Martin Shkreli, the pharmaceuticals CEO who recently made headlines for raising the price of an HIV and cancer drug to $750 a pill from $13.50, was arrested yesterday for securities fraud. Literally no one is upset about this. The sound of popcorn popping and Champagne corks flying echoed throughout the land yesterday as Shkreli was perp-walked in a dirty hoodie from his Manhattan apartment. The "most hated man in America" pleaded not guilty to seven counts and was released on a $5 million bond. Shkreli's companies have been compared to "shell games" and Ponzi schemes, but the charges aren't related to his current price-gouging efforts at Turing Pharmaceuticals. The best summary of the day's events so far? Pharma karma. — New York Magazine
The neighbor of the San Bernardino attackers has been charged with conspiring to support terrorists. Police say Enrique Marquez supplied Syed Rizwan Farook and Tashfeen Malik with assault rifles they used to kill 14 people in a rampage earlier this month. Marquez reportedly followed the teachings of an extremist cleric, Anwar al-Awlaki, and learned bomb-making techniques from an Al Qaeda magazine. Marquez and Farook had allegedly been discussing radical Islam for some number of years and were familiar with violent Islamist propaganda. While Farook and Malik were murdering Farook's co-workers, Marquez was at his job as a Walmart security guard. —The New York Times
Mast Brothers' artisanal chocolate bars, which retail for $10 and are a symbol of Brooklyn hipster food culture, are allegedly basically drugstore candy. A series of posts on DallasFood.org penned by Scott (no last name) charges that Mast Brothers not only was not making "bean to bar" chocolate but is accused of remelting mass-produced Valrhona. The company, which is fronted by handsome bearded brothers and offers its chocolate in beautiful wrapping paper, has been an indy-food success story with a reported $28,000 in sales in one weekend alone. Too bad it sounds like it's the emperor’s new chocolate. — Quartz
The DNC has penalized the Sanders campaign for exploiting a software data error that allowed a staff member to peek at the Clinton campaign's voter data. The Sanders campaign's access to its own voter database is now suspended. This is a major setback for Sanders: The voter database contains valuable information that campaigns use to shape strategy. The Sanders camp reportedly has fired the staffer that looked at Clinton's data; however, four user accounts from the Sanders campaign searched Clinton's data during the breach. Call it a firewall fail. — The New York Times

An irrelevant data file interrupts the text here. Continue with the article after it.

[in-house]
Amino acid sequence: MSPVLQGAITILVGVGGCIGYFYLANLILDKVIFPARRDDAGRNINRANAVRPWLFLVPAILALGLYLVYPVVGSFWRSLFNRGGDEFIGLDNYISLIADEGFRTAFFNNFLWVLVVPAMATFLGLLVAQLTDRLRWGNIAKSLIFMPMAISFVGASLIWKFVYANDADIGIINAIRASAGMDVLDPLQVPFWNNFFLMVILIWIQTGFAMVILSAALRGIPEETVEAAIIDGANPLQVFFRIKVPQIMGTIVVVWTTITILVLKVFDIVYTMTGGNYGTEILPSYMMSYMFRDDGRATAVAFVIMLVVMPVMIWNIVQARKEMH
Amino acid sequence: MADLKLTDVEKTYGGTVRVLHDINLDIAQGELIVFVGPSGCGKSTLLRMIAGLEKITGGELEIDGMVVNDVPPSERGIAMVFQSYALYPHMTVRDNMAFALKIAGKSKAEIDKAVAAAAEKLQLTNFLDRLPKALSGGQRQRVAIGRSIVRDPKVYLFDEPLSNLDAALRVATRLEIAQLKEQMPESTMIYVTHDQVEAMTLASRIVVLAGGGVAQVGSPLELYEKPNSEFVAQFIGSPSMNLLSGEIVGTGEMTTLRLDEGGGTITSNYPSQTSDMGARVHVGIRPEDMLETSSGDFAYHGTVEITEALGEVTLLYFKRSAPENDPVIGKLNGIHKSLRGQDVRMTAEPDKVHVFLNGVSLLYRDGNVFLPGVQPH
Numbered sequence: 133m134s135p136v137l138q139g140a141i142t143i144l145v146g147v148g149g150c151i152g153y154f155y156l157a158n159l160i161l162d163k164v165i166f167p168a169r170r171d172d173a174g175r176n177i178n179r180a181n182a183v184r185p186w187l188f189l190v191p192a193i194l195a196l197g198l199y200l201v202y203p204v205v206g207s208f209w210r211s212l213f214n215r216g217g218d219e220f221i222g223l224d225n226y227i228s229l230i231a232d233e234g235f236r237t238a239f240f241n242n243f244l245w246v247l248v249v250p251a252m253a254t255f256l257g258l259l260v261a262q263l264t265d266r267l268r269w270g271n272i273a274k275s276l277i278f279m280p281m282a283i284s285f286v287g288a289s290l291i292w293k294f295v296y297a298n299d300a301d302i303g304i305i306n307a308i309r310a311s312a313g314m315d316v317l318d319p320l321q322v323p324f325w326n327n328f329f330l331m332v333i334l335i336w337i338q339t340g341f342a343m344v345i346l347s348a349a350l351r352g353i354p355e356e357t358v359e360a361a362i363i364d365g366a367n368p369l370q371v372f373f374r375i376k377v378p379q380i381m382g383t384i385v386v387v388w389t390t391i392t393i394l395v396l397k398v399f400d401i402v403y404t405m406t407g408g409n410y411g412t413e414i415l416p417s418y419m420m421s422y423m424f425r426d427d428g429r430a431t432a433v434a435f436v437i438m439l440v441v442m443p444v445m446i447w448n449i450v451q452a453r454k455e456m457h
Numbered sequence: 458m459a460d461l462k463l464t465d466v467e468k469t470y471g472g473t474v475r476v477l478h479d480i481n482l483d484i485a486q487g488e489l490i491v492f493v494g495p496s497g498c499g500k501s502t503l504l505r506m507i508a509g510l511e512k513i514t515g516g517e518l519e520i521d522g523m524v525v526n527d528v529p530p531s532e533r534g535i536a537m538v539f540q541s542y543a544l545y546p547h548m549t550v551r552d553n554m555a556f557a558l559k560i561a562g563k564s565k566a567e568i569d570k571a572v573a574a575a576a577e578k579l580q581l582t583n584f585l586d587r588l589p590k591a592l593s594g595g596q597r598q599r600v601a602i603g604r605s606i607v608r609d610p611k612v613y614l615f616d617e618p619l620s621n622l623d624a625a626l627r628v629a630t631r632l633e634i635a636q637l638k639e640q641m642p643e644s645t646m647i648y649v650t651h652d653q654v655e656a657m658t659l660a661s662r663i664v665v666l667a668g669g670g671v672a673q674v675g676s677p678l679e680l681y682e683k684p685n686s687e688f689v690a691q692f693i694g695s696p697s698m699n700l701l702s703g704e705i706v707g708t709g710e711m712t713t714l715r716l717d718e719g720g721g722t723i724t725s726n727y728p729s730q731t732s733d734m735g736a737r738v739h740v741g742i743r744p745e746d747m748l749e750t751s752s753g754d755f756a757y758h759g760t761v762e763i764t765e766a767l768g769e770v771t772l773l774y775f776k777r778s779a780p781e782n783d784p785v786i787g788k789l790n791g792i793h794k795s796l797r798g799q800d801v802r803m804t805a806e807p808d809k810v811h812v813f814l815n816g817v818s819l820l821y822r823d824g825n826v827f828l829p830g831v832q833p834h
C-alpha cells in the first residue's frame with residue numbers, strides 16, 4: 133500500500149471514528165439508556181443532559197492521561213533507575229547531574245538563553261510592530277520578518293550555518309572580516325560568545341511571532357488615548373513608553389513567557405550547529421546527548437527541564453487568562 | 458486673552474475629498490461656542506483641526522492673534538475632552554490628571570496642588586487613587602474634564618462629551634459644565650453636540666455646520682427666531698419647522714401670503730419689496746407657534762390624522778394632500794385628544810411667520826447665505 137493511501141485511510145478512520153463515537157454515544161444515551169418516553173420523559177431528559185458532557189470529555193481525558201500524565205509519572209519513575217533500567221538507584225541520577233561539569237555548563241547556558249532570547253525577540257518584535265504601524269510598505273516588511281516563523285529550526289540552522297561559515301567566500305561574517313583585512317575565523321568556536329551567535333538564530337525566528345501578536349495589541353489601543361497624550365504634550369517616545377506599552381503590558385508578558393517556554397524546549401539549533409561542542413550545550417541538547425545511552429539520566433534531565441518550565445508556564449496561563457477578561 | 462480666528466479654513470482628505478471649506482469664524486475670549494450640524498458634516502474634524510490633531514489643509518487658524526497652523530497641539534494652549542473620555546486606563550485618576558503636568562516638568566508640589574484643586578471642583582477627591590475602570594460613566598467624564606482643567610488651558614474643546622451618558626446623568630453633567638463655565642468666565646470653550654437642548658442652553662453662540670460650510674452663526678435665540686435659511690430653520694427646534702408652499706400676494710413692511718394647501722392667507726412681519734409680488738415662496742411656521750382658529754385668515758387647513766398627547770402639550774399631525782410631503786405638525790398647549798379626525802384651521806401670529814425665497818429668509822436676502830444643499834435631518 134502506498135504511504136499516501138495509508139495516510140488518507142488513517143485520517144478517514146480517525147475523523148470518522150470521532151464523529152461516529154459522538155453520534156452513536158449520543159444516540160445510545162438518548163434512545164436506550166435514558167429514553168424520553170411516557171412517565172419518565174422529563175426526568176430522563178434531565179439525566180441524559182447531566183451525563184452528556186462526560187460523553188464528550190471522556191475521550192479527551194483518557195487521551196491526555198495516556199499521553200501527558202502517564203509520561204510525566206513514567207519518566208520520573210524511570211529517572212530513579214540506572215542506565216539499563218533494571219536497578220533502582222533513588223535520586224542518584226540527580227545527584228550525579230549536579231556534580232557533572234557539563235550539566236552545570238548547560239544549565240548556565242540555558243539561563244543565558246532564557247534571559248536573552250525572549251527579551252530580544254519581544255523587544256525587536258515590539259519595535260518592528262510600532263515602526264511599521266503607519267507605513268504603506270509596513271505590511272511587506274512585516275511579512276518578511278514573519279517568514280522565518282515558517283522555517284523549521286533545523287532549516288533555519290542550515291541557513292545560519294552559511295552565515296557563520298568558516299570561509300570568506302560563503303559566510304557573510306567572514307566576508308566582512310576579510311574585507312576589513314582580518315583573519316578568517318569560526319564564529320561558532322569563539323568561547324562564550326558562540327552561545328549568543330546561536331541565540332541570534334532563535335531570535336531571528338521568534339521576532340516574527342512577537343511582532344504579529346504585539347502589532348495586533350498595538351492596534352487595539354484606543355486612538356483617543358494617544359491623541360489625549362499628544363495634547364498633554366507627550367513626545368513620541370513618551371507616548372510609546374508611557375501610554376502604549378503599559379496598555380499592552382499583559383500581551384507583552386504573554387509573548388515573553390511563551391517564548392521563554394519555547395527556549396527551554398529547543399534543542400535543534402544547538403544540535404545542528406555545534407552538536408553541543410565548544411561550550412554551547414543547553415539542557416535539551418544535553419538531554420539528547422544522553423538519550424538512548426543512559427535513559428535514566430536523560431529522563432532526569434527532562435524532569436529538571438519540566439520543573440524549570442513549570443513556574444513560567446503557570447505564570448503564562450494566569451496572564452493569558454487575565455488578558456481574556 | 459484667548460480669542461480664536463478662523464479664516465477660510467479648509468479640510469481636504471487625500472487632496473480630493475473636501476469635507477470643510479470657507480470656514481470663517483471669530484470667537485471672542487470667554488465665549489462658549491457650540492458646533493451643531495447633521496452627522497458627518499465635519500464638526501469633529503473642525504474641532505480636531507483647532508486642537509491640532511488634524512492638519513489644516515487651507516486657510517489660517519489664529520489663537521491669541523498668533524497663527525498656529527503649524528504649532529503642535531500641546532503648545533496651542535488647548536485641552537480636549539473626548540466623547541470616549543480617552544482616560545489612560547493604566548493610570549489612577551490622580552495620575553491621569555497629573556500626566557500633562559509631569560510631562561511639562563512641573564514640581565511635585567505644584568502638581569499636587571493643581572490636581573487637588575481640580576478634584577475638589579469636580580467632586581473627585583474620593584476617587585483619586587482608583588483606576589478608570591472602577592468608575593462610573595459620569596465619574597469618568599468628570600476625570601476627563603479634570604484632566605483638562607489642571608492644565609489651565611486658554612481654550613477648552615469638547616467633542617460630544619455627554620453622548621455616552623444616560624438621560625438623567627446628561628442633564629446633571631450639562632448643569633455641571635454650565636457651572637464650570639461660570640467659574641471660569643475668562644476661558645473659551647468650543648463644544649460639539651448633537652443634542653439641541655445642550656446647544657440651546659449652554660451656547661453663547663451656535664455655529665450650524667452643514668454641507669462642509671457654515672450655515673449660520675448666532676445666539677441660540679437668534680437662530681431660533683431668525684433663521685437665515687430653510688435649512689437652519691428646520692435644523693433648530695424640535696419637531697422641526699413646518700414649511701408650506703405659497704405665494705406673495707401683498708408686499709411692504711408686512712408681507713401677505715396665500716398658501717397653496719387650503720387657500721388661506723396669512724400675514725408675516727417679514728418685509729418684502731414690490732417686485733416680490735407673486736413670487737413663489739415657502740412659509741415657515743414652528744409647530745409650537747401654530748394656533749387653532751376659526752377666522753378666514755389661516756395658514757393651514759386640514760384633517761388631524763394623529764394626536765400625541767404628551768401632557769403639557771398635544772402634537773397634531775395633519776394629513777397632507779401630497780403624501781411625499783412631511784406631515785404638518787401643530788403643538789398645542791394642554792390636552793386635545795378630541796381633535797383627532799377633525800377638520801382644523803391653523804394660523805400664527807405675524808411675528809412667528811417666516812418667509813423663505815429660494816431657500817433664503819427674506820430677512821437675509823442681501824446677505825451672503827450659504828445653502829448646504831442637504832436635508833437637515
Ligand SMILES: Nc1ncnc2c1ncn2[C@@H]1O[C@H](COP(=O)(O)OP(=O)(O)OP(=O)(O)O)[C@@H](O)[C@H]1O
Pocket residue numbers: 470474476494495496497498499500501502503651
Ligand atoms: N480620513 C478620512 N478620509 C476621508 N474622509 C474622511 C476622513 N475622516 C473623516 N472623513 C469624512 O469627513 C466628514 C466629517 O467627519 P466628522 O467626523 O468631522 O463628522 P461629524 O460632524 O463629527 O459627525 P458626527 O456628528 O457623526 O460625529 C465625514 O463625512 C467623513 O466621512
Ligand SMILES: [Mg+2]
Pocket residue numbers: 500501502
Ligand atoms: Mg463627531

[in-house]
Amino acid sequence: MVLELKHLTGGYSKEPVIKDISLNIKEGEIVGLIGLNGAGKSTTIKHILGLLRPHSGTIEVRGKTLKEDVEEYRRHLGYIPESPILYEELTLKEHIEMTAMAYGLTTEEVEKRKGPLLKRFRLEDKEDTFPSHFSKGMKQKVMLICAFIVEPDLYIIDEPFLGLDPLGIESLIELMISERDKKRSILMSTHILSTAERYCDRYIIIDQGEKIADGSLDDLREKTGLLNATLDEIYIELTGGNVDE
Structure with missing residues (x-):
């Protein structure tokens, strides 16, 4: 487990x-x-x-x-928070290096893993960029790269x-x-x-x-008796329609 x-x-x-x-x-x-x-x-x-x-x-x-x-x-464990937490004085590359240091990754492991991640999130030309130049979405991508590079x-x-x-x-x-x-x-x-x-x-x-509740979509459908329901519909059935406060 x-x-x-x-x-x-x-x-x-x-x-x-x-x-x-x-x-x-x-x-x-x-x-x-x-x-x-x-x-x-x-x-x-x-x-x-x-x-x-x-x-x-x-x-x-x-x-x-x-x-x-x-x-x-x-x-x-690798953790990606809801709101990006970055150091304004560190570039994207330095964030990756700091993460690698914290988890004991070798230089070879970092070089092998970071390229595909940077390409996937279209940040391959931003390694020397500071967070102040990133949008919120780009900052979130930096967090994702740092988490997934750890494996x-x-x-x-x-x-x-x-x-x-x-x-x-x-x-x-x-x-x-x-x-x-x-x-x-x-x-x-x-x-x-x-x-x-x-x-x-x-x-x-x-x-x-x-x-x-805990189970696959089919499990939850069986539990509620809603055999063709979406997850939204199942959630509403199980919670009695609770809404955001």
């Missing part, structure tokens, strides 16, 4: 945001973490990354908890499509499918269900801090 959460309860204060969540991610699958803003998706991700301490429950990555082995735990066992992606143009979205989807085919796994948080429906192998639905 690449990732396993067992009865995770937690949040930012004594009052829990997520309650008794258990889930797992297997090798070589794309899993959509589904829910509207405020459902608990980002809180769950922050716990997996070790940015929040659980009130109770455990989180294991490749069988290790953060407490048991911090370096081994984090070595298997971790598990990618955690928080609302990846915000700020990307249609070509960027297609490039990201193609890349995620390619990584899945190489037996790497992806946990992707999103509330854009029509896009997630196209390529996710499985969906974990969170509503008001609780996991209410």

Let's see, I feel like there was a movie opening this weekend that I wanted to see... what was it? Oh yeah: Star Wars. The latest installation of the franchise, Star Wars: The Force Awakens, took in 50 million dollars last night, handily beating the July 2011 Thursday-night record of Harry Potter and the Deathly Hallows: Part 2. It's also set records for advance ticket sales: specifically $100 million of advance ticket sales domestically by last Tuesday. Wowza. The film is showing in more than 4,000 venues today, though something tells me the procrastinators among us are going to be out of luck, for this weekend at least. Oh one last thing: Friends, no spoilers. — Variety
Macaulay Culkin, who seems like a pretty good sport, has reprised his Home Alone role of Kevin McCallister — but now Kevin is a grownup and working as a driver for a company not unlike Uber. In this short video by musician Jack Dishel, formerly of the Moldy Peaches, we see Kevin as an adult recovering from a childhood in which he was, you know, forgotten alone at home and set upon by bandits. Spoiler: He's not the most well-adjusted dude you'll meet this week. — Slate
Mother Teresa will be canonized next year, as Pope Francis has recognized her second miracle. Mother Teresa was beatified last year — the first step toward sainthood — and her canonization has been expected for some time. The Church requires two miracles for canonization. Both of Mother Teresa's involved healing: An Indian woman prayed to Mother Teresa and the woman's incurable brain tumor disappeared; the second was a Brazilian man whose brain abscesses were miraculously cured. Not exactly a good substitute for universal health care, but we'll take what we can get. — The New York Times
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